I didn't learn my lesson there, either. A couple of months later, she asked me if I thought that she had lost weight. Even though we had been married for two years at this point and I knew the correct response to this question (it's always yes), I came back with this reply: "I can't tell. I see you every day, and I don't notice small changes." Even as the words were coming out of my mouth, I knew that I was going to find myself in trouble, but I couldn't stop it from coming out. I tried to take it back and follow it up by saying that yes, I did think she had lost some weight, but it was far too late at that point. The damage had been done.

One classic case that gets me every time is when I'm asked, after a few minutes of expectant glances, if I had noticed anything new about the way she looks. My immediate thought process?

Fuck. Fuck. Fuck. What's new? Is it her hair? New earrings? Did she get new shoes? Is she wearing makeup today? What is it? Fuck. FUCK!

Sometimes I think you women-folk try to make sure we're on our toes and ask this sort of question even if there isn't anything new. Either that or you like to watch us squirm while we try to come up with the response that will do the least amount of damage.

I'm not complaining at all. After all, this is a part of relationships that is universal to us all. It's not fun feeling like an ant caught in the focused light from a magnifying glass, but in the end, it's worth it.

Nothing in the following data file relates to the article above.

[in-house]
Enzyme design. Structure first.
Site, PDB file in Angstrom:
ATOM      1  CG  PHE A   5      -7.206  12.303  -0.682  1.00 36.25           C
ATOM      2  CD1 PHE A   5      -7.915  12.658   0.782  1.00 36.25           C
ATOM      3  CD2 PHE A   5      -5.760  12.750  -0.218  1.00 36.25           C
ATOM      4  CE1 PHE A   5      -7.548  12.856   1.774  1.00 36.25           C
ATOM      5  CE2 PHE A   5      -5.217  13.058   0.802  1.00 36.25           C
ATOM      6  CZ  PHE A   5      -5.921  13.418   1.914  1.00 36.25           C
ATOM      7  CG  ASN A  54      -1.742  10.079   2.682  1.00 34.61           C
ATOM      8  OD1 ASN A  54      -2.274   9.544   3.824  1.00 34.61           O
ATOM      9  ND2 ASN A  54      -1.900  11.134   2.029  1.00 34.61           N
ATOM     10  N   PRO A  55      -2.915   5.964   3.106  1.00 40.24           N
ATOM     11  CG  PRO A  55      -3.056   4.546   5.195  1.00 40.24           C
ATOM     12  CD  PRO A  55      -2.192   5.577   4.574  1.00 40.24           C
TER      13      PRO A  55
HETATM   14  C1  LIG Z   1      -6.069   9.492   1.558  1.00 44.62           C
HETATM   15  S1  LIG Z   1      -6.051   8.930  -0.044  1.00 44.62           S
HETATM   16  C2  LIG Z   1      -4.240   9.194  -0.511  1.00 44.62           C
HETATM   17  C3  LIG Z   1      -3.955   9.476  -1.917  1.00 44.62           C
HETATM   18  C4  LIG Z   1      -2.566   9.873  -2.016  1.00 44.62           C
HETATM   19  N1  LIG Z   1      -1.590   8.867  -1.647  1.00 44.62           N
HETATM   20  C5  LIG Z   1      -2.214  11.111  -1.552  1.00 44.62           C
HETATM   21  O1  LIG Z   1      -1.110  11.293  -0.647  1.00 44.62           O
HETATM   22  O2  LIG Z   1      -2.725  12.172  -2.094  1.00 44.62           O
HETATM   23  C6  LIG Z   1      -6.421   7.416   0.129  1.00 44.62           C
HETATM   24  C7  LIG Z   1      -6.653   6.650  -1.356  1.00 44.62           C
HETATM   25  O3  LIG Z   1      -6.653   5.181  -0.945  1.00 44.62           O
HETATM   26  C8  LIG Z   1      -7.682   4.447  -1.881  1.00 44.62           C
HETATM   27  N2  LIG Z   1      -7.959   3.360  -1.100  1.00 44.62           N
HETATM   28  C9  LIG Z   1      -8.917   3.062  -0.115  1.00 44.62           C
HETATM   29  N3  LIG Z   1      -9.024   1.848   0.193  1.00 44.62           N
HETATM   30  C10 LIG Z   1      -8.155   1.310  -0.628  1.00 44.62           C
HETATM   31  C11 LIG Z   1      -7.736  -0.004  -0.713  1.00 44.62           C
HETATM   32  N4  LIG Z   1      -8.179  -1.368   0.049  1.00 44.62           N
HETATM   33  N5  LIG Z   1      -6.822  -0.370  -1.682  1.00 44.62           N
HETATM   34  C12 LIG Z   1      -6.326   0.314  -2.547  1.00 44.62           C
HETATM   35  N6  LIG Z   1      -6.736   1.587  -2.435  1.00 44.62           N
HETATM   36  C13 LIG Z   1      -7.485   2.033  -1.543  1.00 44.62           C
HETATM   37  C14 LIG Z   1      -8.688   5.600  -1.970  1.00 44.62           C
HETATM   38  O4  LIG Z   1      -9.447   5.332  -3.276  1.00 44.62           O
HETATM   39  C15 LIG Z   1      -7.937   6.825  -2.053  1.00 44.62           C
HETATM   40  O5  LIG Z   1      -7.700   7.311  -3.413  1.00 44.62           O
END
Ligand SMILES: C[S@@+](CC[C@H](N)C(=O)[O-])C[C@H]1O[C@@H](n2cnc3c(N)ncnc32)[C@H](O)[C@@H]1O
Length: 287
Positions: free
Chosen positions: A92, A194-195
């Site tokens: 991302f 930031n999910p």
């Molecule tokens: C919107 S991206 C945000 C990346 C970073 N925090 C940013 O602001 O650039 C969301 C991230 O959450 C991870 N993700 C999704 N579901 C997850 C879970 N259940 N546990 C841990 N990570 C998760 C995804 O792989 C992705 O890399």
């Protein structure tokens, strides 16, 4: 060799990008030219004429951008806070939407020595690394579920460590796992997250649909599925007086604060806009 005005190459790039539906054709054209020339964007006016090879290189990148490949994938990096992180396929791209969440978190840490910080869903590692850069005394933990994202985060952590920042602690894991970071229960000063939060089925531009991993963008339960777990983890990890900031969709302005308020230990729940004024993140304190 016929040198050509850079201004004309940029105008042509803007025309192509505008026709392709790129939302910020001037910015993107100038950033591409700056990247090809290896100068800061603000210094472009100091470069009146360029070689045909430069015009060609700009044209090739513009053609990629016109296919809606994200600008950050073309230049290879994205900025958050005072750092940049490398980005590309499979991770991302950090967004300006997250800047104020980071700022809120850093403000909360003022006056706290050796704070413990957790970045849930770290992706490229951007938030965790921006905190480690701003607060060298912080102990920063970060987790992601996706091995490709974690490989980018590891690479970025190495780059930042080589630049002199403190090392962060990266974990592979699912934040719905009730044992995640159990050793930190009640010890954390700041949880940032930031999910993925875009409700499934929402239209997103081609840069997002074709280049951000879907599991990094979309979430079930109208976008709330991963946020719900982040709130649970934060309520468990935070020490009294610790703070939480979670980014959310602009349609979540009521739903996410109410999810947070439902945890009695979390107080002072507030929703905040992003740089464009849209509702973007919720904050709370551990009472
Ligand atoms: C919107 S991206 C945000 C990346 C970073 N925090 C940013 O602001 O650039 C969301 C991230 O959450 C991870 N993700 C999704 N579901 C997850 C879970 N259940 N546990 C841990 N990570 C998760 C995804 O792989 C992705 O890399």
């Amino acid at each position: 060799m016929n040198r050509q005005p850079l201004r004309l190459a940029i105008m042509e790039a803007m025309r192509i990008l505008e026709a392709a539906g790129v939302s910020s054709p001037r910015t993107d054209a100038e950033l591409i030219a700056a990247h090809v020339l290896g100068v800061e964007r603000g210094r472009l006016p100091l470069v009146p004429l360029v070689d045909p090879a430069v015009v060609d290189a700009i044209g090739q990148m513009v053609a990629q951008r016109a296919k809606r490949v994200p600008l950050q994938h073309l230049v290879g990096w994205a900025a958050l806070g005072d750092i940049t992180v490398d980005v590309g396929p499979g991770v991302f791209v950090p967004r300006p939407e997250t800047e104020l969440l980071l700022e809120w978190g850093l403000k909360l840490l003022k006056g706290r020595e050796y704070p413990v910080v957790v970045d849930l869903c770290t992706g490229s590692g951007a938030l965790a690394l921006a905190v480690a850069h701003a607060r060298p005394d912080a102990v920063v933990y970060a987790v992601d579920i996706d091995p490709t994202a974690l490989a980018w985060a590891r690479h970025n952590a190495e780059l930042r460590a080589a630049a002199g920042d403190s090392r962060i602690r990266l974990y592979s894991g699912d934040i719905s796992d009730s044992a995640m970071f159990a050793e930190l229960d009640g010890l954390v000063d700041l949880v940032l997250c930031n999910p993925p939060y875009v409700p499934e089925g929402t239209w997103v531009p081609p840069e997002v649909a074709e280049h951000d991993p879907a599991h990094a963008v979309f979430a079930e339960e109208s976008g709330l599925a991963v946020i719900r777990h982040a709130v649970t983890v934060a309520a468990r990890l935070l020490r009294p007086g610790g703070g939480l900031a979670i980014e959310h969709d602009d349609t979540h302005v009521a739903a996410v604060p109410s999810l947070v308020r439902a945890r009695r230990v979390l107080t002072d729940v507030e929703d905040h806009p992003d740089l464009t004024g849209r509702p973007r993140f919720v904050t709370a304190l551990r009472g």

Monday, September 13, 2010

In Which I Find Something Awesome

Has anyone here ever placed a classified ad in a local newspaper? If so, you know that they can be a bit pricey depending upon how much you want to say and how long you want your ad to run. That's why I am assuming that the following full-page classified ad I discovered a few weeks ago is more than likely an awesome practical joke from someone with money to burn rather than a last ditch effort from a seriously distraught pet owner:

If you are anything like me, you would be a little stunned upon seeing this ad. I mean, seriously. A full-page classified ad that ran on a Saturday for a missing cat? That had to have cost some serious cash, considering that a five-line classified ad in this particular newspaper can set you back nearly $100. On top of that, having it run on a Saturday during the prime season for yard sales and other events. I tried calling the newspaper to find out exactly what it would have cost to run the ad, but no one returned my calls. 

Short of the fact that these people were offering a $500 reward for a frigging house cat that had been missing for about a week, I just want to touch on a few things that make this ad awesome:
  • "He likes to go on these walkabouts - which often occur around full moons."
First off: walkabouts? What exactly does that even mean, and what does it mean when referring to a cat? Additionally, the fact that the owners of this animal happen to know its proclivity for an evening stroll surrounding the schedule of lunar activity (given that this is a real ad and not an elaborate joke) is a bit creepy. It also could suggest that little Kaden has supernatural tendencies, which could bring up a whole host of other concerns.
  • "When you see him you will know immediately. He blends into the scenery due to his markings and colors."
The assumption that a complete stranger would recognize a random cat from two grainy pictures in a newspaper is just hilarious. Saying that the cat blends into the scenery because of its markings kind of contradicts the preceding statement, but considering the ad as a whole, it's easy to look past that.
  • "Has a most awesome leopard-like cry that you can hear from a long distance off. Uses awesome leopard-like cry to say he's stressed, lonely, bored, sad, and/or hungry (all the time)."